Sympathectomy improves the ear's resistance to acoustic trauma – could stress render the ear more sensitive?
Version of Record online: 18 JUL 2008
European Journal of Neuroscience
Volume 13, Issue 2, pages 405–408, January 2001
How to Cite
Horner, K. C., Giraudet, F., Lucciano, M. and Cazals, Y. (2001), Sympathectomy improves the ear's resistance to acoustic trauma – could stress render the ear more sensitive?. European Journal of Neuroscience, 13: 405–408. doi: 10.1046/j.0953-816X.2000.01386.x
- Issue online: 18 JUL 2008
- Version of Record online: 18 JUL 2008
- Received 17 August 2000, revised 27 October 2000, accepted 2 November 2000
- guinea pig;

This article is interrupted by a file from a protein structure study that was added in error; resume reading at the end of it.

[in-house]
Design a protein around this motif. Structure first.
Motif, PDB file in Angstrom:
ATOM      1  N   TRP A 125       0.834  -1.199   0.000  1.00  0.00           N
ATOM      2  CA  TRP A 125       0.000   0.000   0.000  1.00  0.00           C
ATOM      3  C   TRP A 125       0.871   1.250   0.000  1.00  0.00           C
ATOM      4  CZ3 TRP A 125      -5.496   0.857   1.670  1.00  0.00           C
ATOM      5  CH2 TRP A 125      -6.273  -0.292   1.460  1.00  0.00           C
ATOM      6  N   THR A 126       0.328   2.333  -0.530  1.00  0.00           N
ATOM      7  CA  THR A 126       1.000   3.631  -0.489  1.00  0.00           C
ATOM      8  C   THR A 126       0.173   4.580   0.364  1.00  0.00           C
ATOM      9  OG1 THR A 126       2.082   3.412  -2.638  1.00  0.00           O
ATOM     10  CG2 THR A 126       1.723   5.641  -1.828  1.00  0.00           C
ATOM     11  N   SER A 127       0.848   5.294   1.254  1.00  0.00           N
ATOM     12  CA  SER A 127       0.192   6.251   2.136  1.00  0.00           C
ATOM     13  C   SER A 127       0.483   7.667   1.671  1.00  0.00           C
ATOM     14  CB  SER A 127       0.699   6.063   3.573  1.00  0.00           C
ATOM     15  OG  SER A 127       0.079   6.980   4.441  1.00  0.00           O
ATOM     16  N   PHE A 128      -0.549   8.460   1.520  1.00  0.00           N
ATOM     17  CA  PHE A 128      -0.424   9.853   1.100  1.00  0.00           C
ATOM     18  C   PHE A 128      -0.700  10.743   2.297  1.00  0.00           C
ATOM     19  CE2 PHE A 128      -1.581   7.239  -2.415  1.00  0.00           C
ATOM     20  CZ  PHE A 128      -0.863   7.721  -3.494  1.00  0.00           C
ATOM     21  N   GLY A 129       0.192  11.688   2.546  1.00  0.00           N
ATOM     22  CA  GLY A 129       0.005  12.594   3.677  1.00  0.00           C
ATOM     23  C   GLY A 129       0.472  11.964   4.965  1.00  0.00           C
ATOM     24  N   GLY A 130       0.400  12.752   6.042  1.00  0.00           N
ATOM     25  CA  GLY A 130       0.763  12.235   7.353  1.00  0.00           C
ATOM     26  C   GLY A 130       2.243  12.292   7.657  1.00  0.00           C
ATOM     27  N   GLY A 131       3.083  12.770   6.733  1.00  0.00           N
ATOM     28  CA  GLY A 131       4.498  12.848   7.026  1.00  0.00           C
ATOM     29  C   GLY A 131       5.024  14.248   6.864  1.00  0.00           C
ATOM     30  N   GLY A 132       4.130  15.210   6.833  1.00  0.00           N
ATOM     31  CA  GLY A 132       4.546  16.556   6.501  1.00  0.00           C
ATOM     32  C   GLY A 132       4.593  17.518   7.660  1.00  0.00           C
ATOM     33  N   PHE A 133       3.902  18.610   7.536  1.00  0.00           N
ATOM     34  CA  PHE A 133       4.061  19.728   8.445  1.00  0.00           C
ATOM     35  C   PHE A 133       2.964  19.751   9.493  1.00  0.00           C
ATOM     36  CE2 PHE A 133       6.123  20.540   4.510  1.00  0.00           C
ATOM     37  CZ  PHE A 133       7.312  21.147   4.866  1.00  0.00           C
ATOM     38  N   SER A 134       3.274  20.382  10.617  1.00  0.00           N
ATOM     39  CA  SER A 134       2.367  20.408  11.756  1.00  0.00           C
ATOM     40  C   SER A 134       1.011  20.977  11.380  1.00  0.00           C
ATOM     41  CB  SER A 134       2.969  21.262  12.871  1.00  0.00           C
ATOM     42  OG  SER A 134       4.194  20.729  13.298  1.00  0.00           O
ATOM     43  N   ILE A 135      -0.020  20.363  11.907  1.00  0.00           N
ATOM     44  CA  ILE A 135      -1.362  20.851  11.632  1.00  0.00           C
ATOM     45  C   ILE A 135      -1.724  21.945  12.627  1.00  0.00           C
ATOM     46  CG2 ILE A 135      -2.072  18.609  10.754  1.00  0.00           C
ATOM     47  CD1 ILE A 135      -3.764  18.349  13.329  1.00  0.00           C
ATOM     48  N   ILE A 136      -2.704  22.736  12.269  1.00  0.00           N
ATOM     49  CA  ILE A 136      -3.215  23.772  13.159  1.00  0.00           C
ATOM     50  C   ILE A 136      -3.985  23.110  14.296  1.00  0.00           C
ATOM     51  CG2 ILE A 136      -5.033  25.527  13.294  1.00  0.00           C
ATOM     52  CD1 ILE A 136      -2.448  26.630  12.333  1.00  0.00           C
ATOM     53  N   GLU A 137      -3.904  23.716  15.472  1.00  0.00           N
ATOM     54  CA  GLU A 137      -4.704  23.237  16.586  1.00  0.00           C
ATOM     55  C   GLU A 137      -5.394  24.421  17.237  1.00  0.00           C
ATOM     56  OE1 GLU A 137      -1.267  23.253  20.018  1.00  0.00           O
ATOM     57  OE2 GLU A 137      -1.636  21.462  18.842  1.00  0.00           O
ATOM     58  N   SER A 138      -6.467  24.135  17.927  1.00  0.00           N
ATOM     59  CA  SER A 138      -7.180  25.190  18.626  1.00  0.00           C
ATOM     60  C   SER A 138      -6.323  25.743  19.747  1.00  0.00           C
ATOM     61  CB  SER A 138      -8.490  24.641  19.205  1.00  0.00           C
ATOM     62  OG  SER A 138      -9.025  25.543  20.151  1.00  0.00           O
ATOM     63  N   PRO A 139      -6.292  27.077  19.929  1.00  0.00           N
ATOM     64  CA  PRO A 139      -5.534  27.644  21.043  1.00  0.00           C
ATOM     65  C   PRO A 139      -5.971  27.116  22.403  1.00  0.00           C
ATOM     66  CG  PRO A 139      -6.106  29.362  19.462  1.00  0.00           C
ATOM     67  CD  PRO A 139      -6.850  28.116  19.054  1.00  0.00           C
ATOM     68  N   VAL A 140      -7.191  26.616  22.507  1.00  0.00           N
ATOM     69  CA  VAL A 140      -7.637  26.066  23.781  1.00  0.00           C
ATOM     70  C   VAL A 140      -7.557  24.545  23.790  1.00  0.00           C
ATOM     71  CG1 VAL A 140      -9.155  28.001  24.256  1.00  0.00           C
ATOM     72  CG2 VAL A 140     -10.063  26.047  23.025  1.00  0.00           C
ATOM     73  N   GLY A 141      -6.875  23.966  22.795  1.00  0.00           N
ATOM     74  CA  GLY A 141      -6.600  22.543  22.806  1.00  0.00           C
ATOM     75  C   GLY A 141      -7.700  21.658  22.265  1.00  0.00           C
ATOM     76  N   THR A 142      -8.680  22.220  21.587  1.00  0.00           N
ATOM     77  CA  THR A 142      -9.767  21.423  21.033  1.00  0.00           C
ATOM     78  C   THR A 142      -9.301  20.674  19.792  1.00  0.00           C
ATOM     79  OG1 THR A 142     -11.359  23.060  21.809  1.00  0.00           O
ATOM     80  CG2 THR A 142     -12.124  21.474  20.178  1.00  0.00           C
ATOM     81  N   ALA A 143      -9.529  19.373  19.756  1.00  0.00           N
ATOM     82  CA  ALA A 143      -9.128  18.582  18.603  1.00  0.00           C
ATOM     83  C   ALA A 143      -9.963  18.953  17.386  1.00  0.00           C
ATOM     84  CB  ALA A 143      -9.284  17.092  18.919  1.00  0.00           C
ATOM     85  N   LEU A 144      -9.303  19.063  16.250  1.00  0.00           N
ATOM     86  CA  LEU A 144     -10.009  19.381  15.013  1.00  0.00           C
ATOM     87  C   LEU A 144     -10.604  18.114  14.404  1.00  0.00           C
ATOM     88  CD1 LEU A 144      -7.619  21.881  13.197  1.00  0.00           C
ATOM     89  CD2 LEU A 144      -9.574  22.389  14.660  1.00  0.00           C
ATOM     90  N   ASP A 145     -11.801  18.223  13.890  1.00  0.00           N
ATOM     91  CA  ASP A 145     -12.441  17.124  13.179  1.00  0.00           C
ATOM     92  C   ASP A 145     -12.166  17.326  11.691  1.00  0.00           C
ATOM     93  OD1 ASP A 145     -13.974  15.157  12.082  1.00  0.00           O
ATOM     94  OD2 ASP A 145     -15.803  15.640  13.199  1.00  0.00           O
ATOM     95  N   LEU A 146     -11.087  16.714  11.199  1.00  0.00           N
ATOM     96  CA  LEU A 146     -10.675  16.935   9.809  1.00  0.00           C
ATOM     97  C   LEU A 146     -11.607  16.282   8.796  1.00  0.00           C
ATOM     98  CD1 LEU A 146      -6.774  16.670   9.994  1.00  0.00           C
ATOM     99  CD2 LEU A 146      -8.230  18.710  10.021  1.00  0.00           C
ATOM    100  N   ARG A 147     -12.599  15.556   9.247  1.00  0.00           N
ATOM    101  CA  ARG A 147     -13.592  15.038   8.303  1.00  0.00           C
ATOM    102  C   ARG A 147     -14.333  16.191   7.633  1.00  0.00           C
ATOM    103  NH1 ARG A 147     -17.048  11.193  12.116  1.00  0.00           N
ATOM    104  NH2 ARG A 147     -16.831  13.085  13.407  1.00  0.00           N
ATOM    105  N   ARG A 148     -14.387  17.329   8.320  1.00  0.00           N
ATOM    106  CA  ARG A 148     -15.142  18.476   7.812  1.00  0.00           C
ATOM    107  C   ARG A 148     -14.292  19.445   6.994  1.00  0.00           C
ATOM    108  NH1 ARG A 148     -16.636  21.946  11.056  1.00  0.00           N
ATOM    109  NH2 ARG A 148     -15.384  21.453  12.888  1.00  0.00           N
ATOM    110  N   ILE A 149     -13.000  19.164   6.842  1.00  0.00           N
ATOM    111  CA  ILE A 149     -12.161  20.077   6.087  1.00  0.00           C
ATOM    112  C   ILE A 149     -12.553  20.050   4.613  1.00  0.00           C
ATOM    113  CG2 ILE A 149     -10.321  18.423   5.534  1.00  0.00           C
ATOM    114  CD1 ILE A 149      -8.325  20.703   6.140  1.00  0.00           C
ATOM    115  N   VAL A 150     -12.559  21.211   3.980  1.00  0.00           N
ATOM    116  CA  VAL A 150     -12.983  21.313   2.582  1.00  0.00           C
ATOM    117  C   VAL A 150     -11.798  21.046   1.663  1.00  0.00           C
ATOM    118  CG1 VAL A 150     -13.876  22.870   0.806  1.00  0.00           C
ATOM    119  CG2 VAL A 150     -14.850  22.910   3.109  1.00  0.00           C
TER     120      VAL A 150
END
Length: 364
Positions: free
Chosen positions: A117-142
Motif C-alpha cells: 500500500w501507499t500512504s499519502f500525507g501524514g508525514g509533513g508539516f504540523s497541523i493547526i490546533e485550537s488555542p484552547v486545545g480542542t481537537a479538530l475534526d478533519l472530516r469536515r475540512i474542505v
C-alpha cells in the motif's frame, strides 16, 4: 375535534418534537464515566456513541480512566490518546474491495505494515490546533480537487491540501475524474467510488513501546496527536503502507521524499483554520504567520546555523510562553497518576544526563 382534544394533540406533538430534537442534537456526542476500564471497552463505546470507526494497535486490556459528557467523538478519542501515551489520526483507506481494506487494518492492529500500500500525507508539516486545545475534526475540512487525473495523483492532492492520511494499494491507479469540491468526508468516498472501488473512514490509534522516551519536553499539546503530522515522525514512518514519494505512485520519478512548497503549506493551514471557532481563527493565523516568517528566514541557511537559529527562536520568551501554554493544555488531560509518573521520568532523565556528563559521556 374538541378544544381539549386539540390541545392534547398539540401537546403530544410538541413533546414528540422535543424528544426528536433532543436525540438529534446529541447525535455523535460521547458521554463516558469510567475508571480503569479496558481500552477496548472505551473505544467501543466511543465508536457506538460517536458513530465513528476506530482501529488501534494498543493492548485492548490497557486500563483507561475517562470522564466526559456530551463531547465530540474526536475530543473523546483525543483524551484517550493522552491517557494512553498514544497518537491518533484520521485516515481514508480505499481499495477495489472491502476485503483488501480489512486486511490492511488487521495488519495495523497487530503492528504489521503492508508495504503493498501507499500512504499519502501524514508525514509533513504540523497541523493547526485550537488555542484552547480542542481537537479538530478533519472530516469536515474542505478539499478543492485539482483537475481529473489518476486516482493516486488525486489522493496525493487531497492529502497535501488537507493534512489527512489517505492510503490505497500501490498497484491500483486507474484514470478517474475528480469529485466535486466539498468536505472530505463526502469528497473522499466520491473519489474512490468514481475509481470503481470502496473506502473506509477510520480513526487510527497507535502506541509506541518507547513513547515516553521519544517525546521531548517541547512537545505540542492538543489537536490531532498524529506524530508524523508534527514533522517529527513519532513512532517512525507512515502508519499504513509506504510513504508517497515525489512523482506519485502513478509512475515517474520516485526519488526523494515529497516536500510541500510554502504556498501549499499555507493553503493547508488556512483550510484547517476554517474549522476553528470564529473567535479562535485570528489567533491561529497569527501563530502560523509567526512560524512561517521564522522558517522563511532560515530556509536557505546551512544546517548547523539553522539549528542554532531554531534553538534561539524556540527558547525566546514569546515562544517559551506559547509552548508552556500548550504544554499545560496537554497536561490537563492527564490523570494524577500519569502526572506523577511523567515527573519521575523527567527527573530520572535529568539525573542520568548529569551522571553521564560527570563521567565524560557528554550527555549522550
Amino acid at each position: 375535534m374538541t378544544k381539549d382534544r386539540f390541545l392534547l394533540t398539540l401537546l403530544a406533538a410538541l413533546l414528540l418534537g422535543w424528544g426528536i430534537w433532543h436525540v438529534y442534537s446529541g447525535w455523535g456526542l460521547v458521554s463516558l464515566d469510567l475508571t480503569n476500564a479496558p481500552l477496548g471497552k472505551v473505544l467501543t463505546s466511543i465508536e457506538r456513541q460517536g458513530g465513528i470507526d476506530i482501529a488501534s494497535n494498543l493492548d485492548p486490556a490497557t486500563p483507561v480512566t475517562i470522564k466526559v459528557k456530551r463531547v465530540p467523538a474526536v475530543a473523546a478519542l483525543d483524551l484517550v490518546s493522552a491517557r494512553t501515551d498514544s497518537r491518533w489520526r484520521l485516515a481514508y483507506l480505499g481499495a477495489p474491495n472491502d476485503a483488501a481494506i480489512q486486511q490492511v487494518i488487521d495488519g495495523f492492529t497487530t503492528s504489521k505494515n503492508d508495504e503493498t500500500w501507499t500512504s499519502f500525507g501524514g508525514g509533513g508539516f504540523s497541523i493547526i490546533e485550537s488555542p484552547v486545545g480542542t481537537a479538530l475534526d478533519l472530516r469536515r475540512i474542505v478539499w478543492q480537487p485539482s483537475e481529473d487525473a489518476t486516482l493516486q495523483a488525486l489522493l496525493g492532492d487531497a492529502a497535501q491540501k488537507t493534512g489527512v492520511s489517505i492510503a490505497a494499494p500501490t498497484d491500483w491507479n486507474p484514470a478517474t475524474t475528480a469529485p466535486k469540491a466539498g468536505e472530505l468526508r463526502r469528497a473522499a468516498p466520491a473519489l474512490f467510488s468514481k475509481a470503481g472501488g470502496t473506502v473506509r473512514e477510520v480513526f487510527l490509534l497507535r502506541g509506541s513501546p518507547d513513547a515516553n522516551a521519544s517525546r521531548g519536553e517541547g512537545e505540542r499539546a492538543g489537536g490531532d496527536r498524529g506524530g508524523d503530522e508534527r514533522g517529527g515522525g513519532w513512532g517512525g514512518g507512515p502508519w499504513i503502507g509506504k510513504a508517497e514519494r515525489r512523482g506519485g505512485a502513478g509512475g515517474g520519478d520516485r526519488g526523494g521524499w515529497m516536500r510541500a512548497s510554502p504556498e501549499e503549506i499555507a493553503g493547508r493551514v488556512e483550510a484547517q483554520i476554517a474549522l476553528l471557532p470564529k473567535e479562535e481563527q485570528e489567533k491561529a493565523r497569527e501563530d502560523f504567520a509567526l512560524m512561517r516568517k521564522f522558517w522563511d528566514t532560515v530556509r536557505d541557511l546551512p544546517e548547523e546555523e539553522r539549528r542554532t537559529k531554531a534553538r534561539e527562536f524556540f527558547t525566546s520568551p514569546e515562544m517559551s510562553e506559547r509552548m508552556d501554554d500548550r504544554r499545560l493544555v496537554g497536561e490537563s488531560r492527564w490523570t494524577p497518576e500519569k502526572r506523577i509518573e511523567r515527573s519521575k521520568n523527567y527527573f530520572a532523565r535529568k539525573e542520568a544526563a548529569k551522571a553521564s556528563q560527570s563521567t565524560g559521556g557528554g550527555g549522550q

Emotional stress is a phenomenon experienced by many people at some time in their lives. Some of its early manifestations, such as unbearable loudness of ambient sounds and sensations of dizziness, might be linked to inner ear dysfunction. Although the inner ear is supplied with a substantial sympathetic innervation, previous studies have failed to demonstrate any significant functional impact. We show here that in the awake guinea pig and following unilateral ablation of the superior cervical ganglion, the temporary threshold shift induced by a 1-min exposure to 8 kHz pure tone at 96 dB sound pressure level was reduced by as much as 40 dB. Of interest, the protective effect was bilateral suggesting an intimate relationship between the sympathetic and the olivocochlear efferent systems. The data presented here provide new evidence for a key role for the sympathetic system in modulating temporary threshold shifts following exposure to moderate sound stimulation. This opens new perspectives for investigation of sympathetic control in noise-induced permanent hearing losses.